"Foe, foe, foe, foe..." He seemed to be begging, for in this heat, with sweat and blood running into his eyes, he dared not let his guard down; tiredness was the unfelt obstacle, as his stomach suddenly heaved and he vomited in front of himself, barely missing his uniform. There was a small belated cry on the end of his bayonet, and he cursed as it ground against bone—his victim had caught it in the ribs. Had he not been fighting this whole time—and for how long?—an hour?—a half?—half the day away?—he would have worried that there was less thrashing, less screaming as death swooped slowly. Death terrified him, in more ways than one. But he did not think of this, not now, as he tugged at his musket, not daring to fire.
And he gasped when the glob of blood hit him between the eyes, gasped as the face of England appeared before him, gazing at him with a mix of fear and pain and contempt. Surely, he had thought that they were done by the winter, as America shivered in Valley Forge. But here was a boy reformed, a boy-soldier or a man, gazing at him with wide, quaking eyes.
They met each other with sight, looking at each other, the bayonet plunged still in Arthur's ribs, Arthur's hands tight about it. There was a small silence in the midst of fire, and then, with a groan, the bayonet slid out, joining the vomit, and Arthur backed away. His gaze never left Alfred's and Alfred's never left his. England glared at him, his lips trembling. And he fled. He fled, because the battle was over. America collapsed in the sea of corpses, taken by the beauty of the sky. The bowl of it curved against his pupils.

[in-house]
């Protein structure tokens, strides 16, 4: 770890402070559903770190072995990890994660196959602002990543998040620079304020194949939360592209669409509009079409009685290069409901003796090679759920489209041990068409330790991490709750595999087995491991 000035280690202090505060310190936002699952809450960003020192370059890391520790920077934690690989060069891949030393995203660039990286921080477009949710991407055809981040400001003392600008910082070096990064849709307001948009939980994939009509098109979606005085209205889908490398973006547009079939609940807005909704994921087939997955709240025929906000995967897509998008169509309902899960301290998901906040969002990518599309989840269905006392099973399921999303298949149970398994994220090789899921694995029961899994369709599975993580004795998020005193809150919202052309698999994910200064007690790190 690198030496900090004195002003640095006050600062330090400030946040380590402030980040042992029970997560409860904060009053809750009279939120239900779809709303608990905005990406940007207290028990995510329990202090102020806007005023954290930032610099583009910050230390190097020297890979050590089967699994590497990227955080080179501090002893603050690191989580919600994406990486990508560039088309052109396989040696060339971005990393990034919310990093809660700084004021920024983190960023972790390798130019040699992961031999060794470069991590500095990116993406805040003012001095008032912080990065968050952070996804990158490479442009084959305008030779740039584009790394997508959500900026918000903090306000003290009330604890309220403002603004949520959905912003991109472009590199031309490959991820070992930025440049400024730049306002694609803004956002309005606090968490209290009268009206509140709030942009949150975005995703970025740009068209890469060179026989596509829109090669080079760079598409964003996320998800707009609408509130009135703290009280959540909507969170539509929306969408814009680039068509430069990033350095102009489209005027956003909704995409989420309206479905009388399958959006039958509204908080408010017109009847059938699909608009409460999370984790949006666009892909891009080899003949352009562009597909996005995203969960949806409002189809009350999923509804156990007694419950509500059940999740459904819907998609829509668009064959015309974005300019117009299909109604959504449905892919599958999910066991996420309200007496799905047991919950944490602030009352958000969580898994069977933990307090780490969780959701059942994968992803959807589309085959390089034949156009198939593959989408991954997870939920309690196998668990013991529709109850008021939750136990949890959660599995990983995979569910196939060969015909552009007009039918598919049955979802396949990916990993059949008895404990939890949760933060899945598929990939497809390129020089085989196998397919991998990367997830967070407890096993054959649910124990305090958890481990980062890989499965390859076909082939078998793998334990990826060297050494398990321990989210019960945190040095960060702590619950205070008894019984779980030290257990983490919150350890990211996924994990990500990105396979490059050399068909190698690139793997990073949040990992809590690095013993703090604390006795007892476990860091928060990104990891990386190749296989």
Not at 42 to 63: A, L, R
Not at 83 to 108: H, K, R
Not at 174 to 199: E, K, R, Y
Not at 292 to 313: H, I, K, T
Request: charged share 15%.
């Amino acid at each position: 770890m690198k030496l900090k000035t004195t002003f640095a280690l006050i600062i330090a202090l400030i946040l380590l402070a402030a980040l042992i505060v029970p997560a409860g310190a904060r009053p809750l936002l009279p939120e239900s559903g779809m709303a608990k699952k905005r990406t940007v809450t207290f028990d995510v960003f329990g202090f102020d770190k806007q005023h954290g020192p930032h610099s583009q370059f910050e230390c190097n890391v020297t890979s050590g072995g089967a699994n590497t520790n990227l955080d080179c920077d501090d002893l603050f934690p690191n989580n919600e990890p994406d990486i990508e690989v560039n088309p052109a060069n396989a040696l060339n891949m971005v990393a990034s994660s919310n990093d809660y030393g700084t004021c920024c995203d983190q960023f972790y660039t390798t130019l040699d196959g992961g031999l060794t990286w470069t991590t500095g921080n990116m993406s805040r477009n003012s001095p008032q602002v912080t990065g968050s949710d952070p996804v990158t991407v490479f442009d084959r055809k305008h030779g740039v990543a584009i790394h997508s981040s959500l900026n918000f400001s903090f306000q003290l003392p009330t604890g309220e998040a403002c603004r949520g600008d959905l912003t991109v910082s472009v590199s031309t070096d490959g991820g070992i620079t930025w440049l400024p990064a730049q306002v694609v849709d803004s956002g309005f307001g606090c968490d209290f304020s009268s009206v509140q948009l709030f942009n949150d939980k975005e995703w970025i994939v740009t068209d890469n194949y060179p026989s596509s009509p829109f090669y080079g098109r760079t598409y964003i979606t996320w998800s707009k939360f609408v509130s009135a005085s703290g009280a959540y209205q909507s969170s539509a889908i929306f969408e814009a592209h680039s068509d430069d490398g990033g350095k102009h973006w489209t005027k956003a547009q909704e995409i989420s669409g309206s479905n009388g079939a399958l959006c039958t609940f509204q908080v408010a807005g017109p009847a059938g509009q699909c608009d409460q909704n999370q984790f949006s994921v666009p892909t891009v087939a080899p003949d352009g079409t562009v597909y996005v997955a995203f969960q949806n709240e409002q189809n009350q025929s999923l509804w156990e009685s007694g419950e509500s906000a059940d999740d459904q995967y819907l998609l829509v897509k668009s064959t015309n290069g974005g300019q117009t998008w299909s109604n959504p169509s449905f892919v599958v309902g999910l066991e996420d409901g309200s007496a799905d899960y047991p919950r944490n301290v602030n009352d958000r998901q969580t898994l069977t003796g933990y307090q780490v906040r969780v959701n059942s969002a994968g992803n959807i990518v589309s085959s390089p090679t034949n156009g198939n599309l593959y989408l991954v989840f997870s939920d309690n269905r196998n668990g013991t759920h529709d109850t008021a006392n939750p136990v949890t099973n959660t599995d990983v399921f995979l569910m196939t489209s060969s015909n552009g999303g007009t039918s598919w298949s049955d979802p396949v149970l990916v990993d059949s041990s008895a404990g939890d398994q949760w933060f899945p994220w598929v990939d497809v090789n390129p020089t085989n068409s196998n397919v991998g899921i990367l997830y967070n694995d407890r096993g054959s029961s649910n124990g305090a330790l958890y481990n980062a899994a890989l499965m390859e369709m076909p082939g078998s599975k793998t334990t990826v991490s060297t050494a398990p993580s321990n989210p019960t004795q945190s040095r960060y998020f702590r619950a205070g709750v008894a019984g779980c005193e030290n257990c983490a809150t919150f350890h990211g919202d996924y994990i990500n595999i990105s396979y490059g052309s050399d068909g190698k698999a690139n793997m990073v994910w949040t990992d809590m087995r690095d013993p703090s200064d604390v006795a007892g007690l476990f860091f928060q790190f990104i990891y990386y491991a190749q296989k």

And then, he remembered. He fingered his musket, the sludge tangling sticky against his fingers.
"We hold these truths to be self-evident... Life. Liberty...and the pursuit of happiness..." He passed out.
He had forgotten; the years had dragged on. But he was himself now, his own nation. He sat, practically humming the words under his breath, finally given the peace of mind to contemplate. What had one declaration meant anyway, when there were so many other writings—he muttered a little, about the summer soldier...or was it the sunshine patriot? He remembered Paine, of course. And his mind lingered on his Constitution:
"We the people, of the United States..."
In order to form a more perfect union.
He thought of apple-green eyes. He thought of text trailing from his fingertips, as he had held up the Declaration of Independence. It had declared his independence. Simple as that. But now...now, he had it. He thought again of apple green eyes, of a thirst and desire. And the ice that had killed him, how the world turned upside down.
"Life. Liberty. The pursuit of happiness." He turned at the stall selling "iced creams," staring long and hard at the sign. And he murmured again, louder this time, "Life. Liberty. The pursuit of happiness."
The pursuit of happiness. How long had this evaded him, epiphany playing obscure? How much happiness had he had?—fighting the war? And yet, here he stood, alive, healthy, free. He had as much right as any other nation to be in this state, did he not? The sense trickled into him, the fire of his revolution quenched, the ashes and embers still flickering proudly in his hands. How long had he had to fight for happiness... Once more, he thought of Arthur, the crushed look in his eyes, the way they had become enemies. His brother, really.